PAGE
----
The Food Science of Happiness

THE FOOD SCIENCE OF HAPPINESS

WORDS BY DAMIEN MAT

You may have thought you were eating alone last Friday night, but when you eat, you are never alone. Unfortunately I’m not alluding to your boyfriend you haven’t met yet, rather your intestinal microbiota:the approximate 100 trillions of cells divided into about 200 different species that inhabit the ending parts of our digestive tract.  This living organism equates to at least 10 times the number of our own cells, comprises 26 times more genes than our own genome, weighs more than our brain and is living off the fibres, lipids, proteins and carbohydrates that have passed the upper levels of our digestive tract. This collection of microorganisms are thriving on these nutrients, constantly producing new nutrients that other microbes metabolise or that our cells incorporate. Fermented foods is a rather downsized example of the process that is occurring that could be one of the most complex and beautiful examples of symbiosis.

Microbiota is dramatically changing how scientists and nutritionists approach gut flora and a growing number of health benefits are being linked to maintaining a ‘healthy microbiota,’ while certain diseases and allergies have been linked to being a result of an unbalanced gut flora. Microbiota richness is essential for your health and wellness as certain vitamins: B12, B9, K and even C are produced by the microbiota which may have even helped our ancestors survive transient nutritional deficiencies. It’s also been shown to maintain the homoeostasis of iron as it takes care of mitigating deficient or excessive amounts of this essential nutrient. The important role of the microbiota has been illustrated in numerous studies which prove that obese people have a depletion in the diversity of their microbiota suggesting a correlation with the state of the microbiota.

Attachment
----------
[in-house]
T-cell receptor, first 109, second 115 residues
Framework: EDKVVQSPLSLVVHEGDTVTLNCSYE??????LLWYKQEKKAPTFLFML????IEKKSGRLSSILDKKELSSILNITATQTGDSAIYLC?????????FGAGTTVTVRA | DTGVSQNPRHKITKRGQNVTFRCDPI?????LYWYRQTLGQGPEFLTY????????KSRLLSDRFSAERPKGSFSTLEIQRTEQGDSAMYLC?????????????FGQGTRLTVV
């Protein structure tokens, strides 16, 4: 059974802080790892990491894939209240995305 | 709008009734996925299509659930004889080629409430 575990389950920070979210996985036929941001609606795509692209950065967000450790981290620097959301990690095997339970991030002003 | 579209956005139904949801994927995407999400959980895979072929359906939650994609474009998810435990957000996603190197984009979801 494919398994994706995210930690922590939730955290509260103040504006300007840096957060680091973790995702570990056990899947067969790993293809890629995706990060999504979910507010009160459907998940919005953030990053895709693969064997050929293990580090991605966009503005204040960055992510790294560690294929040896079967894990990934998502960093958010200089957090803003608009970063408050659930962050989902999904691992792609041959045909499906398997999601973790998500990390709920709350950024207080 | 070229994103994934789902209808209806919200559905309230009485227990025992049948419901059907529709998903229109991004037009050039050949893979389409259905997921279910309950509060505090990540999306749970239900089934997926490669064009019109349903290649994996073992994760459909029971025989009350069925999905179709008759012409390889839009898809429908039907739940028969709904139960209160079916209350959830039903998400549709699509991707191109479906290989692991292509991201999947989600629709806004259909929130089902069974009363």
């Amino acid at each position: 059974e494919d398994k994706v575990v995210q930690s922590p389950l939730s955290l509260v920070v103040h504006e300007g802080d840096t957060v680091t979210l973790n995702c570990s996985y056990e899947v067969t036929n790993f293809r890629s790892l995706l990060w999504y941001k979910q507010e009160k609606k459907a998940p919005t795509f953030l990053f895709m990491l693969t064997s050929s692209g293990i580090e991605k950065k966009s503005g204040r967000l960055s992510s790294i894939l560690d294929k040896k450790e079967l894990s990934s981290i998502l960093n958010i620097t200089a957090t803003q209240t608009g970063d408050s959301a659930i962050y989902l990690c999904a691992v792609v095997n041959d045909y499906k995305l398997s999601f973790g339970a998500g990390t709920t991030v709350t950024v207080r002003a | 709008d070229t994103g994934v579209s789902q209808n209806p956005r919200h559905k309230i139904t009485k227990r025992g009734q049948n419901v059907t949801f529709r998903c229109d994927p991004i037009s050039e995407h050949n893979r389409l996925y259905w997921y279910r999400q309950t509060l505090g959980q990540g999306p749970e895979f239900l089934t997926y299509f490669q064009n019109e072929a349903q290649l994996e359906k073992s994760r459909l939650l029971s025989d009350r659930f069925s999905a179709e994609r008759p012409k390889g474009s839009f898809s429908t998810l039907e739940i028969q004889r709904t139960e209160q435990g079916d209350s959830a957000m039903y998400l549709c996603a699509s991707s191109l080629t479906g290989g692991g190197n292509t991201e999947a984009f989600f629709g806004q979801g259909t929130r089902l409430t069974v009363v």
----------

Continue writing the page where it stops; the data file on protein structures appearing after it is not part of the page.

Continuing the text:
“So how can you improve your microbiota? Nutritionists confirm a mostly vegan, unprocessed diet for a richer ecology of the gut microbes compared to a traditional Western diet which is correlated with alarmingly high diet-related disease rates.”

The microbiota is also appearing as a major player for our mental health as new studies suggest a connection between the gut flora and the brain. Links between eating disorders, anxiety, stress, depression, autism and an ‘unhealthy microbiota’ are being further investigated as scientists have discovered that the gut environmental bacteria can produce neurochemicals which can target neurons in the brain, ultimately influencing our mood. Demonstrated in numerous studies, mice inoculated with a certain strain known to produce the neurotransmitter, GABA (gamma-aminobutyric acid) revealed similar responses to the strain as if they had taken Prozac, a commonly known antidepressant and mood stabilizer. 

So how can you improve your microbiota? Nutritionists confirm a mostly vegan, unprocessed diet for a richer ecology of the gut microbes compared to a traditional Western diet which is correlated with alarmingly high diet-related disease rates.

Reflecting on this remarkable symbiosis, it’s important to remember a superfood or pill won’t singularly heal your gut flora or improve your mental wellbeing. Foods are not just their composition (a collection of nutrients). They are embedded in a complex matrix, which plays an important role in the way nutrients are delivered to the digestive tract which is determined not only by the composition, but the structure of the food you consume. It’s this aspect which is often neglected in nutritional studies as health institutions focus on only highlighting the compositional value of a superfood or pill forgetting the importance of the structure to increase or decrease the body’s ability to absorb the nutrients. Consider this, and take into account the intestinal microbiota metabolising all the excess nutrients and you are left with a very complex equation.

“This living organism equates to at least 10 times the number of our own cells, comprises 26 times more genes than our own genome, weighs more than our brain and is living off the fibres, lipids, proteins and carbohydrates that have passed the upper levels of our digestive tract.”

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